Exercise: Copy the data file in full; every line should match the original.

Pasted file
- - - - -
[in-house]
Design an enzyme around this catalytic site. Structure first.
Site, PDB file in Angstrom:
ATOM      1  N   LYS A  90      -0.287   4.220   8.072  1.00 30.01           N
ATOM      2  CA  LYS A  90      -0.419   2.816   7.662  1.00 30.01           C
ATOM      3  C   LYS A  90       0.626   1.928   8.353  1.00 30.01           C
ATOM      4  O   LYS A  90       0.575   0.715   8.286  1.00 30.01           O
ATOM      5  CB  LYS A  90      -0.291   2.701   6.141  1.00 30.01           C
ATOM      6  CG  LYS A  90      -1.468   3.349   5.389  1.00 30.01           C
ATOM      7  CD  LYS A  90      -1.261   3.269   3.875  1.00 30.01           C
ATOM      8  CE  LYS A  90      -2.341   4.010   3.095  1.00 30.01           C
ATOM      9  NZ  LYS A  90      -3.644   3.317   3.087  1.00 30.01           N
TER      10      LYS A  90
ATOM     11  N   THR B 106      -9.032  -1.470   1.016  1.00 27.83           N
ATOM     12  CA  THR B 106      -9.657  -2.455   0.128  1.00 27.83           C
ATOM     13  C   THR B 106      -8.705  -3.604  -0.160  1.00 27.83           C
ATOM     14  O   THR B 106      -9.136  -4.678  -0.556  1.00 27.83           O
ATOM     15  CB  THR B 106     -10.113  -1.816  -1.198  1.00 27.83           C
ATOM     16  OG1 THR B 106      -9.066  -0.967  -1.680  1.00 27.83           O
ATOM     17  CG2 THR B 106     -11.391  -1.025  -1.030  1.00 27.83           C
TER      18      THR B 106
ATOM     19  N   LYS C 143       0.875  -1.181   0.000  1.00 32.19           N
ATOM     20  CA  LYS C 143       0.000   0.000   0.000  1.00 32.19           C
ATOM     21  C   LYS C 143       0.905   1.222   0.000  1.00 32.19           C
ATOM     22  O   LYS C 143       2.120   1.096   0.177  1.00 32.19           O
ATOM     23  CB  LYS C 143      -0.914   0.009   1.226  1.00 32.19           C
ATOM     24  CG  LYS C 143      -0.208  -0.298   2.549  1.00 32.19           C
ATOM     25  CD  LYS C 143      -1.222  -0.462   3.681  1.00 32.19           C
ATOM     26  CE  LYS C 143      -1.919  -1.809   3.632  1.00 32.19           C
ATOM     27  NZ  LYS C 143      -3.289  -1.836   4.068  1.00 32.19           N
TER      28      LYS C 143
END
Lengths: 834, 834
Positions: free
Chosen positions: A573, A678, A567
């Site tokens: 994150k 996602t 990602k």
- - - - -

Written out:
[in-house]
Design an enzyme around this catalytic site. Structure first.
Site, PDB file in Angstrom:
ATOM      1  N   LYS A  90      -0.287   4.220   8.072  1.00 30.01           N
ATOM      2  CA  LYS A  90      -0.419   2.816   7.662  1.00 30.01           C
ATOM      3  C   LYS A  90       0.626   1.928   8.353  1.00 30.01           C
ATOM      4  O   LYS A  90       0.575   0.715   8.286  1.00 30.01           O
ATOM      5  CB  LYS A  90      -0.291   2.701   6.141  1.00 30.01           C
ATOM      6  CG  LYS A  90      -1.468   3.349   5.389  1.00 30.01           C
ATOM      7  CD  LYS A  90      -1.261   3.269   3.875  1.00 30.01           C
ATOM      8  CE  LYS A  90      -2.341   4.010   3.095  1.00 30.01           C
ATOM      9  NZ  LYS A  90      -3.644   3.317   3.087  1.00 30.01           N
TER      10      LYS A  90
ATOM     11  N   THR B 106      -9.032  -1.470   1.016  1.00 27.83           N
ATOM     12  CA  THR B 106      -9.657  -2.455   0.128  1.00 27.83           C
ATOM     13  C   THR B 106      -8.705  -3.604  -0.160  1.00 27.83           C
ATOM     14  O   THR B 106      -9.136  -4.678  -0.556  1.00 27.83           O
ATOM     15  CB  THR B 106     -10.113  -1.816  -1.198  1.00 27.83           C
ATOM     16  OG1 THR B 106      -9.066  -0.967  -1.680  1.00 27.83           O
ATOM     17  CG2 THR B 106     -11.391  -1.025  -1.030  1.00 27.83           C
TER      18      THR B 106
ATOM     19  N   LYS C 143       0.875  -1.181   0.000  1.00 32.19           N
ATOM     20  CA  LYS C 143       0.000   0.000   0.000  1.00 32.19           C
ATOM     21  C   LYS C 143       0.905   1.222   0.000  1.00 32.19           C
ATOM     22  O   LYS C 143       2.120   1.096   0.177  1.00 32.19           O
ATOM     23  CB  LYS C 143      -0.914   0.009   1.226  1.00 32.19           C
ATOM     24  CG  LYS C 143      -0.208  -0.298   2.549  1.00 32.19           C
ATOM     25  CD  LYS C 143      -1.222  -0.462   3.681  1.00 32.19           C
ATOM     26  CE  LYS C 143      -1.919  -1.809   3.632  1.00 32.19           C
ATOM     27  NZ  LYS C 143      -3.289  -1.836   4.068  1.00 32.19           N
TER      28      LYS C 143
END
Lengths: 834, 834
Positions: free
Chosen positions: A573, A678, A567
């Site tokens: 994150k 996602t 990602k």